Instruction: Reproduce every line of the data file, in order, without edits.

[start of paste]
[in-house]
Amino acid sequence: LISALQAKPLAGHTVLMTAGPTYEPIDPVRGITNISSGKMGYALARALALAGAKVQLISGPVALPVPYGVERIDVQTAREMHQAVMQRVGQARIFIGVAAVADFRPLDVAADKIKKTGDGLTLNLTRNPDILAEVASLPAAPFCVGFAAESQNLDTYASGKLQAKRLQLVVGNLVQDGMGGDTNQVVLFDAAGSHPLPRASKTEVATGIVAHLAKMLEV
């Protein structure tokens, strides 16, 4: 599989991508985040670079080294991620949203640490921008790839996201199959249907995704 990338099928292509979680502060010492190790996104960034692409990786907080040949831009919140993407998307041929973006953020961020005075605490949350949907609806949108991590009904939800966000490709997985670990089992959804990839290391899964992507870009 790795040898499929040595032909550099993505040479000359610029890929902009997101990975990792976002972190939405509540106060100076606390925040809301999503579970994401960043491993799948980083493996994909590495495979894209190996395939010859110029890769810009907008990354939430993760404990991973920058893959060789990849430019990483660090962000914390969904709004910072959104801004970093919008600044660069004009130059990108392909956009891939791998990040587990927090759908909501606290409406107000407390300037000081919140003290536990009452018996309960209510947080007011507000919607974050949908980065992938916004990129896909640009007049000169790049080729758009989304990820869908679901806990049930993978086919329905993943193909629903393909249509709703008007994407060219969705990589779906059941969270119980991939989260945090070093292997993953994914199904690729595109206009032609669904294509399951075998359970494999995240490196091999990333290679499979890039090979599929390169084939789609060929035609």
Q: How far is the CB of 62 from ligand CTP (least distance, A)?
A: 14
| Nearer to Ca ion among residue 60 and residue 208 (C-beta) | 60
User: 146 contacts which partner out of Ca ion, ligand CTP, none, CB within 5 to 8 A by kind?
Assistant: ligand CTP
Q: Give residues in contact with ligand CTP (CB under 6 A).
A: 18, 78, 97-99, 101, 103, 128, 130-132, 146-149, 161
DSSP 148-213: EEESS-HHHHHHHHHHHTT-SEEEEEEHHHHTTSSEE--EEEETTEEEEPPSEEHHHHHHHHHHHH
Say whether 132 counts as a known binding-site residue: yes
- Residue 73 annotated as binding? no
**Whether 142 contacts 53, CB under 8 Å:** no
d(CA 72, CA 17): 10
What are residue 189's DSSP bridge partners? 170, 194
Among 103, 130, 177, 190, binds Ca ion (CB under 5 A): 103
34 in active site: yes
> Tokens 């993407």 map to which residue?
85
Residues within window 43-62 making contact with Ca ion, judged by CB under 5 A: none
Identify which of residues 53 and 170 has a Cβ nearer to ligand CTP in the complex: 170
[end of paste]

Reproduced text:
[in-house]
Amino acid sequence: LISALQAKPLAGHTVLMTAGPTYEPIDPVRGITNISSGKMGYALARALALAGAKVQLISGPVALPVPYGVERIDVQTAREMHQAVMQRVGQARIFIGVAAVADFRPLDVAADKIKKTGDGLTLNLTRNPDILAEVASLPAAPFCVGFAAESQNLDTYASGKLQAKRLQLVVGNLVQDGMGGDTNQVVLFDAAGSHPLPRASKTEVATGIVAHLAKMLEV
């Protein structure tokens, strides 16, 4: 599989991508985040670079080294991620949203640490921008790839996201199959249907995704 990338099928292509979680502060010492190790996104960034692409990786907080040949831009919140993407998307041929973006953020961020005075605490949350949907609806949108991590009904939800966000490709997985670990089992959804990839290391899964992507870009 790795040898499929040595032909550099993505040479000359610029890929902009997101990975990792976002972190939405509540106060100076606390925040809301999503579970994401960043491993799948980083493996994909590495495979894209190996395939010859110029890769810009907008990354939430993760404990991973920058893959060789990849430019990483660090962000914390969904709004910072959104801004970093919008600044660069004009130059990108392909956009891939791998990040587990927090759908909501606290409406107000407390300037000081919140003290536990009452018996309960209510947080007011507000919607974050949908980065992938916004990129896909640009007049000169790049080729758009989304990820869908679901806990049930993978086919329905993943193909629903393909249509709703008007994407060219969705990589779906059941969270119980991939989260945090070093292997993953994914199904690729595109206009032609669904294509399951075998359970494999995240490196091999990333290679499979890039090979599929390169084939789609060929035609």
Q: How far is the CB of 62 from ligand CTP (least distance, A)?
A: 14
| Nearer to Ca ion among residue 60 and residue 208 (C-beta) | 60
User: 146 contacts which partner out of Ca ion, ligand CTP, none, CB within 5 to 8 A by kind?
Assistant: ligand CTP
Q: Give residues in contact with ligand CTP (CB under 6 A).
A: 18, 78, 97-99, 101, 103, 128, 130-132, 146-149, 161
DSSP 148-213: EEESS-HHHHHHHHHHHTT-SEEEEEEHHHHTTSSEE--EEEETTEEEEPPSEEHHHHHHHHHHHH
Say whether 132 counts as a known binding-site residue: yes
- Residue 73 annotated as binding? no
**Whether 142 contacts 53, CB under 8 Å:** no
d(CA 72, CA 17): 10
What are residue 189's DSSP bridge partners? 170, 194
Among 103, 130, 177, 190, binds Ca ion (CB under 5 A): 103
34 in active site: yes
> Tokens 């993407």 map to which residue?
85
Residues within window 43-62 making contact with Ca ion, judged by CB under 5 A: none
Identify which of residues 53 and 170 has a Cβ nearer to ligand CTP in the complex: 170